Graphs

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Graphs

  1. 1. Graphs <ul><li>Extremely useful tool in modeling problems </li></ul><ul><li>Consist of: </li></ul><ul><ul><li>Vertices </li></ul></ul><ul><ul><li>Edges </li></ul></ul>D E A C F B Vertex Edge Vertices can be considered “sites” or locations. Edges represent connections.
  2. 2. Applications Air flight system <ul><li>Each vertex represents a city </li></ul><ul><li>Each edge represents a direct flight between two cities </li></ul><ul><li>A query on direct flights becomes a query on whether an edge exists </li></ul><ul><li>A query on how to get to a location is “does a path exist from A to B” </li></ul><ul><li>We can even associate costs to edges ( weighted graphs ), then ask “what is the cheapest path from A to B” </li></ul>
  3. 3. Another application <ul><li>Wireless communication </li></ul><ul><li>Can be represented by a weighted complete graph (every two vertices are connected by an edge). </li></ul><ul><li>Each edge represents the Euclidean distance dij between two stations . </li></ul><ul><li>Each station uses a certain power i to transmit messages. Given this power i, only a few nodes can be reached (bold edges). A station reachable by i then use its own power to relay the message to other stations not reachable by i. </li></ul><ul><li>A typical wireless communication problem is: how to broadcast between all stations such that they are all connected and the power consumption is minimized. </li></ul>
  4. 4. Definition <ul><li>Undirected graph </li></ul><ul><ul><li>An undirected graph is specified by an ordered pair (V,E), where V is the set of vertices and E is the set of edges </li></ul></ul>{c,f} {a,c} {a,b} {b,d} {c,d} {e,f} {b,e}
  5. 5. Terminology <ul><li>If v 1 and v 2 are connected, they are said to be adjacent vertices </li></ul><ul><ul><ul><li>v 1 and v 2 are endpoints of the edge { v 1 , v 2 } </li></ul></ul></ul><ul><li>If an edge e is connected to v , then v is said to be incident on e . Also, the edge e is said to be incident on v . </li></ul><ul><li>{ v 1 , v 2 } = { v 2 , v 1 }* </li></ul>*Later, we will talk about “directed graphs”, where edges have direction. This means that {v 1 ,v 2 } ≠ {v 2 ,v 1 } . Directed graphs are drawn with arrows (called arcs) between edges. A B This means {A,B} only, not {B,A}
  6. 6. Graph Representation <ul><li>Two popular computer representations of a graph. Both represent the vertex set and the edge set, but in different ways. </li></ul><ul><ul><li>Adjacency Matrix </li></ul></ul><ul><ul><ul><li>Use a 2D matrix to represent the graph </li></ul></ul></ul><ul><ul><li>Adjacency List </li></ul></ul><ul><ul><ul><li>Use a 1D array of linked lists </li></ul></ul></ul>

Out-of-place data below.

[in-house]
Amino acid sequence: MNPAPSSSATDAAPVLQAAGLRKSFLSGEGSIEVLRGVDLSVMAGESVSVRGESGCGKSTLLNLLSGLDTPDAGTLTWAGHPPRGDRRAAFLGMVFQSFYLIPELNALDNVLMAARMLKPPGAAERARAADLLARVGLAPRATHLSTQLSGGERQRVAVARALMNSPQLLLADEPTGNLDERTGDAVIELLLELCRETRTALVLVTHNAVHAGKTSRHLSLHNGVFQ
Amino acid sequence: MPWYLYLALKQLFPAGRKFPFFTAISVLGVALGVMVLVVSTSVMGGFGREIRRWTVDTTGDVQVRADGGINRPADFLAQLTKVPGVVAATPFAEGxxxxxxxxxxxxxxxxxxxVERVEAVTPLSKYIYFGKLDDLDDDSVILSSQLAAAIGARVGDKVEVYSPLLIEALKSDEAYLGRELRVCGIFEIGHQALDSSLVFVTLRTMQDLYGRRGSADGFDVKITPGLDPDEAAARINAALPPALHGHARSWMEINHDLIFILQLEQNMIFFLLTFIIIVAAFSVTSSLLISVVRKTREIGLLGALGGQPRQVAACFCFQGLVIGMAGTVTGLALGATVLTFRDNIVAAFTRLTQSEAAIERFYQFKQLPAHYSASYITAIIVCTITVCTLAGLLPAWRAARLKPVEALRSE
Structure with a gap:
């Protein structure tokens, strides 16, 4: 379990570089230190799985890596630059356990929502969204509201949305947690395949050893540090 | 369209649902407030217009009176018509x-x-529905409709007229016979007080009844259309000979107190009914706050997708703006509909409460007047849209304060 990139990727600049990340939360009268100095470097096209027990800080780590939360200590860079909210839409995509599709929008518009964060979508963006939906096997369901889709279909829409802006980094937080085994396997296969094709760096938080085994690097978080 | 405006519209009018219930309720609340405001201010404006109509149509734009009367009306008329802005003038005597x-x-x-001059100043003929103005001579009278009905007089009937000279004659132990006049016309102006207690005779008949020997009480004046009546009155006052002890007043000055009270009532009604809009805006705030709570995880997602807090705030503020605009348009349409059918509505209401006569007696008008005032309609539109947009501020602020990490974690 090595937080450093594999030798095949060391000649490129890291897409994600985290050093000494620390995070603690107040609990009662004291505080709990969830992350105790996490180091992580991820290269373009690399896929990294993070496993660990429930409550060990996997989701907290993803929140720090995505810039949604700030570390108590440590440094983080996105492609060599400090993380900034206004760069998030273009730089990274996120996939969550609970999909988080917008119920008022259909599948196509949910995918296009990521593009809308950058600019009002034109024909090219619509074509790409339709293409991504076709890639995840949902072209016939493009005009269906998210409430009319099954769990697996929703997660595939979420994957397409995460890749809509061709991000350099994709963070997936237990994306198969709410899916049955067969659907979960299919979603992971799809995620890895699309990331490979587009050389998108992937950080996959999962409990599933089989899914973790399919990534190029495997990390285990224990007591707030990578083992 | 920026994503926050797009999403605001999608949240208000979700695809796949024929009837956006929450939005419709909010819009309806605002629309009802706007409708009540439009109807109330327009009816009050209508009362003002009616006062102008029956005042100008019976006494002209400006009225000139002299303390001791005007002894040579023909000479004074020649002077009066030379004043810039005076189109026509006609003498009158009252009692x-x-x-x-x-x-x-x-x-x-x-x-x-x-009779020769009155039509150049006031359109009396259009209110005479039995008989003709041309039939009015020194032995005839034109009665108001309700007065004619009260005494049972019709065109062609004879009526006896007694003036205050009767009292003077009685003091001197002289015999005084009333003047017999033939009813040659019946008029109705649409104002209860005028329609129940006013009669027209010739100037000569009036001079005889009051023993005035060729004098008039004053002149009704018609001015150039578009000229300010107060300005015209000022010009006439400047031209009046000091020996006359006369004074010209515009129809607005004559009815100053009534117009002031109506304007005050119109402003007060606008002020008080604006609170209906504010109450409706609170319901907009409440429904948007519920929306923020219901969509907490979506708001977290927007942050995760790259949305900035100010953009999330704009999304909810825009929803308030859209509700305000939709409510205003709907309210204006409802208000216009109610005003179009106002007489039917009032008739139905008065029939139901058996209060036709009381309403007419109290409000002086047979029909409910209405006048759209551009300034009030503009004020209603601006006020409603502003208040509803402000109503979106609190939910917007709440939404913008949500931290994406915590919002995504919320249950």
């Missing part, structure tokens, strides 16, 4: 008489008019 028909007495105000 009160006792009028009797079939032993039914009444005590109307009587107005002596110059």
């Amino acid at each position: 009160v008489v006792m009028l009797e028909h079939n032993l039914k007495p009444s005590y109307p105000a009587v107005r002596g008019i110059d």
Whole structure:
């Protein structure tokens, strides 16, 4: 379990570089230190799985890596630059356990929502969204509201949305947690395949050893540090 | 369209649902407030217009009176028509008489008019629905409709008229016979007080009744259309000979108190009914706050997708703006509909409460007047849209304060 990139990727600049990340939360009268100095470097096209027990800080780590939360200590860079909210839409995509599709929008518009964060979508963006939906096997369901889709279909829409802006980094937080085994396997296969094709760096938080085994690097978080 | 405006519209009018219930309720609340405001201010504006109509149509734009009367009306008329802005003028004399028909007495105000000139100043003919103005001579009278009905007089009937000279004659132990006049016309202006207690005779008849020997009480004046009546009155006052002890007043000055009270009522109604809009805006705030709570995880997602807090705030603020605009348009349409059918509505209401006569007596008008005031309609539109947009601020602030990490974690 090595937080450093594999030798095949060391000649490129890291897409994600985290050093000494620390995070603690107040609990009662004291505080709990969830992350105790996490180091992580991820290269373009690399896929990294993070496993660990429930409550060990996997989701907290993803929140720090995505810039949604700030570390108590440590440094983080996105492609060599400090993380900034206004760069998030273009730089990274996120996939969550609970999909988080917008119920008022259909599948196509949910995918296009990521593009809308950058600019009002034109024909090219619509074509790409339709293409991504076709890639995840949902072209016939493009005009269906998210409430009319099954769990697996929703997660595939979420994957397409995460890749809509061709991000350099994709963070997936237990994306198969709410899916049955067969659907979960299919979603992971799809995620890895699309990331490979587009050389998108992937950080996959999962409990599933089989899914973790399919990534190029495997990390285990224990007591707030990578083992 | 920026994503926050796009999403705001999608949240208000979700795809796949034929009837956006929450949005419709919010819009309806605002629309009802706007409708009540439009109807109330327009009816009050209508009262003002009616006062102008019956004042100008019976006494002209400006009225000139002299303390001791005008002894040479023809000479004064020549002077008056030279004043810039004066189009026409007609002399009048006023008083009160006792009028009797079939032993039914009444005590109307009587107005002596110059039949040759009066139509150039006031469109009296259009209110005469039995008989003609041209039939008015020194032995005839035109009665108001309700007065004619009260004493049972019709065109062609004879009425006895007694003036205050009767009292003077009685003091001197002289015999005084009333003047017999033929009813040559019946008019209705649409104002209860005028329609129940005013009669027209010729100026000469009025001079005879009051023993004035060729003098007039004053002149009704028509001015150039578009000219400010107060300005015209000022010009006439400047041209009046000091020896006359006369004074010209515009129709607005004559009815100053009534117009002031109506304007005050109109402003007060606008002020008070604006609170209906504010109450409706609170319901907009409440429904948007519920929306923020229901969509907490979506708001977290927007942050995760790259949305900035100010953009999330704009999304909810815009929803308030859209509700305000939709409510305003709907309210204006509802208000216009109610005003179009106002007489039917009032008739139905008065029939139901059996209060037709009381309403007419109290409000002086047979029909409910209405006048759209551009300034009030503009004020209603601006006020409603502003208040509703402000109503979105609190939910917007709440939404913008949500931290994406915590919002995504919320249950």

7. 7. Adjacency Matrix <ul><li>2D array A[0..n-1, 0..n-1], where n is the number of vertices in the graph </li></ul><ul><li>Each row and column is indexed by the vertex id. </li></ul><ul><ul><li>- e,g a=0, b=1, c=2, d=3, e=4 </li></ul></ul><ul><li>An array entry A [i] [j] is equal to 1 if there is an edge connecting </li></ul><ul><li>vertices i and j. Otherwise, A [i] [j] is 0. </li></ul><ul><li>The storage requirement is Θ (n 2 ). Not efficient if the graph has few edges. </li></ul><ul><li>We can detect in O(1) time whether two vertices are connected. </li></ul>
  8. 8. Adjacency list <ul><li>The adjacency list is an array A[0..n-1] of lists, where n is the number of vertices in the graph. </li></ul><ul><li>Each array entry is indexed by the vertex id (as with adjacency matrix) </li></ul><ul><li>The list A[i] stores the ids of the vertices adjacent to i. </li></ul>
  9. 9. Examples 2 4 3 5 1 7 6 9 8 0 0 1 2 3 4 5 6 7 8 9 0 0 0 0 0 0 0 0 0 1 0 1 0 0 1 1 0 0 0 1 0 1 2 0 1 0 0 1 0 0 0 1 0 3 0 1 0 0 1 1 0 0 0 0 4 0 0 1 1 0 0 0 0 0 0 5 0 0 0 1 0 0 1 0 0 0 6 0 0 0 0 0 1 0 1 0 0 7 0 1 0 0 0 0 1 0 0 0 8 1 0 1 0 0 0 0 0 0 1 9 0 1 0 0 0 0 0 0 1 0
  10. 10. Examples 2 4 3 5 1 7 6 9 8 0 0 1 2 3 4 5 6 7 8 9 2 3 7 9 8 1 4 8 1 4 5 2 3 3 6 5 7 1 6 0 2 9 1 8
  11. 11. Storage of adjacency list <ul><li>The array takes up Θ (n) space </li></ul><ul><li>Define degree of v , deg( v ), to be the number of edges incident to v . Then, the total space to store the graph is proportional to: </li></ul><ul><li>An edge e={u,v} of the graph contributes a count of 1 to deg( u ) and contributes a count 1 to deg( v ) </li></ul><ul><li>Therefore, Σ vertex v deg ( v ) = 2m, where m is the total number of edges </li></ul><ul><li>In all, the adjacency list takes up Θ ( n+m ) space. </li></ul><ul><ul><li>If m = O(n 2 ), both adjacent matrix and adjacent lists use Θ (n 2 ) space. </li></ul></ul><ul><ul><li>If m = O(n), adjacent list outperform adjacent matrix </li></ul></ul><ul><li>However, one cannot tell in O(1) time whether two vertices are connected. </li></ul>
  12. 12. Adjacency Lists vs. Matrix <ul><li>Adjacency Lists </li></ul><ul><ul><li>More compact than adjacency matrices if graph has few edges </li></ul></ul><ul><ul><li>Requires more time to find if an edge exists </li></ul></ul><ul><li>Adjacency Matrix </li></ul><ul><ul><li>Always require n 2 space </li></ul></ul><ul><ul><ul><li>This can waste a lot of space if the number of edges are sparse </li></ul></ul></ul><ul><ul><li>Can quickly find if an edge exists </li></ul></ul>
  13. 13. Path between vertices <ul><li>A path is a sequence of vertices (v 0 , v 1 , v 2 ,… v k ) such that: </li></ul><ul><ul><li>For 0 ≤ i < k, {v i , v i+1 } is an edge </li></ul></ul><ul><ul><li>For 0 ≤ i < k-1, v i ≠ v i+2 </li></ul></ul><ul><ul><ul><li>That is, the edge {v i , v i+1 } ≠ {v i+1 , v i+2 } </li></ul></ul></ul><ul><ul><li>Note: a path is allowed to go through the same vertex or the same edge any number of times! </li></ul></ul><ul><li>The length of a path is the number of edges on the path </li></ul>